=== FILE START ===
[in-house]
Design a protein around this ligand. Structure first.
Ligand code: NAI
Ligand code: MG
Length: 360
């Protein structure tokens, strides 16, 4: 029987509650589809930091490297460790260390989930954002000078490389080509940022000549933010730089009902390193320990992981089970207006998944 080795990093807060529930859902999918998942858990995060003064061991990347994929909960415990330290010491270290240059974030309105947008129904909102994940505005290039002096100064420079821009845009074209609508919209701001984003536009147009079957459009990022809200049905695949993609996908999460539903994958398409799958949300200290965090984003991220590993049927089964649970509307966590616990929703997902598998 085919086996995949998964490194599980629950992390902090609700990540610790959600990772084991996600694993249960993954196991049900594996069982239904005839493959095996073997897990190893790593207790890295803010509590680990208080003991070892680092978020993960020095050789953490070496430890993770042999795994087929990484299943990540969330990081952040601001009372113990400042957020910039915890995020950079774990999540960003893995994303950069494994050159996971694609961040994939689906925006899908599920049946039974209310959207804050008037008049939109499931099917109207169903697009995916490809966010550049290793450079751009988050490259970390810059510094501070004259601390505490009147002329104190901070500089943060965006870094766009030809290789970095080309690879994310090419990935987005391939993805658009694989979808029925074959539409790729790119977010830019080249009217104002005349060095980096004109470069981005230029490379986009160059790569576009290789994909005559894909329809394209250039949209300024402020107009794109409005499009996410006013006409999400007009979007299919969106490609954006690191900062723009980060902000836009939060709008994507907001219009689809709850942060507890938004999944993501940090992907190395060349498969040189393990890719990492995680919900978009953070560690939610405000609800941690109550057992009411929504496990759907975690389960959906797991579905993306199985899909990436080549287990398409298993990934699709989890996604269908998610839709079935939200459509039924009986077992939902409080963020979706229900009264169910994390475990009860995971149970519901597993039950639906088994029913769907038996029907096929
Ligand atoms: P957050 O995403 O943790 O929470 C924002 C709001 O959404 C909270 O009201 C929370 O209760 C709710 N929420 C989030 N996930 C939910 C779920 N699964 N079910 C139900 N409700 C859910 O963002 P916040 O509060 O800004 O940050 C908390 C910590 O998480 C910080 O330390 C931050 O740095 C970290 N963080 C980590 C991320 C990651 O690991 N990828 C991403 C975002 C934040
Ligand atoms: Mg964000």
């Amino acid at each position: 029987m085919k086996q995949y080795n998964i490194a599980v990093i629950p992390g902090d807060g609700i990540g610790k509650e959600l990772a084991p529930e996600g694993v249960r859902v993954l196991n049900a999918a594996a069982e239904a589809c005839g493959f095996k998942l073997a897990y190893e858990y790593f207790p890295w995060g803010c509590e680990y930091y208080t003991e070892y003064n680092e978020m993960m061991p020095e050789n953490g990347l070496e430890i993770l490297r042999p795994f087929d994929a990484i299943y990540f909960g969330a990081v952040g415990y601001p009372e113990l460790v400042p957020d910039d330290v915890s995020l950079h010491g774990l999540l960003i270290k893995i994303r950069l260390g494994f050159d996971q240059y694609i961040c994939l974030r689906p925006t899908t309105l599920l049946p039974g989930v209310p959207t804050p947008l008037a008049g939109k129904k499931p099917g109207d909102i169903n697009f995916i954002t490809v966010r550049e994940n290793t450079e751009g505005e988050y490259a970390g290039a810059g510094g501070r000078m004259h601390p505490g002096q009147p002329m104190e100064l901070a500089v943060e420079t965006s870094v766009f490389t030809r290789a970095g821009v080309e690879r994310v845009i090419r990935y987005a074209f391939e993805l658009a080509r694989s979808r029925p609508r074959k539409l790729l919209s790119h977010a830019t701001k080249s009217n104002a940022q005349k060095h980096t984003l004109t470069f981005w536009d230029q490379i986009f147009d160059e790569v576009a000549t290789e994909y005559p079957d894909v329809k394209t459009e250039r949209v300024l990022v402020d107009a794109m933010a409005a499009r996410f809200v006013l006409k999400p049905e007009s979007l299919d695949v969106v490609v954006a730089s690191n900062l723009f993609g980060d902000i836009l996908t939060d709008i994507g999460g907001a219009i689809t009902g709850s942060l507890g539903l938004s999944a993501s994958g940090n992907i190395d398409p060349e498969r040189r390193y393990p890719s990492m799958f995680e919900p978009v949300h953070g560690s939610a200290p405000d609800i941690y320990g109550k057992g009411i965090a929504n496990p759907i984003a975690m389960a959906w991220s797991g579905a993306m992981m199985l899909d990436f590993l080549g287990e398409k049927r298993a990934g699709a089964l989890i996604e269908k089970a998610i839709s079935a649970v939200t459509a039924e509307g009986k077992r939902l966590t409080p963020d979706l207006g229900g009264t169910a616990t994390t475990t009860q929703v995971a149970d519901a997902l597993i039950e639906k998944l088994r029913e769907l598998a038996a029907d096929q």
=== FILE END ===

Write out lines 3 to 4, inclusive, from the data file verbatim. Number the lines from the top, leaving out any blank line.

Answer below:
Ligand code: NAI
Ligand code: MG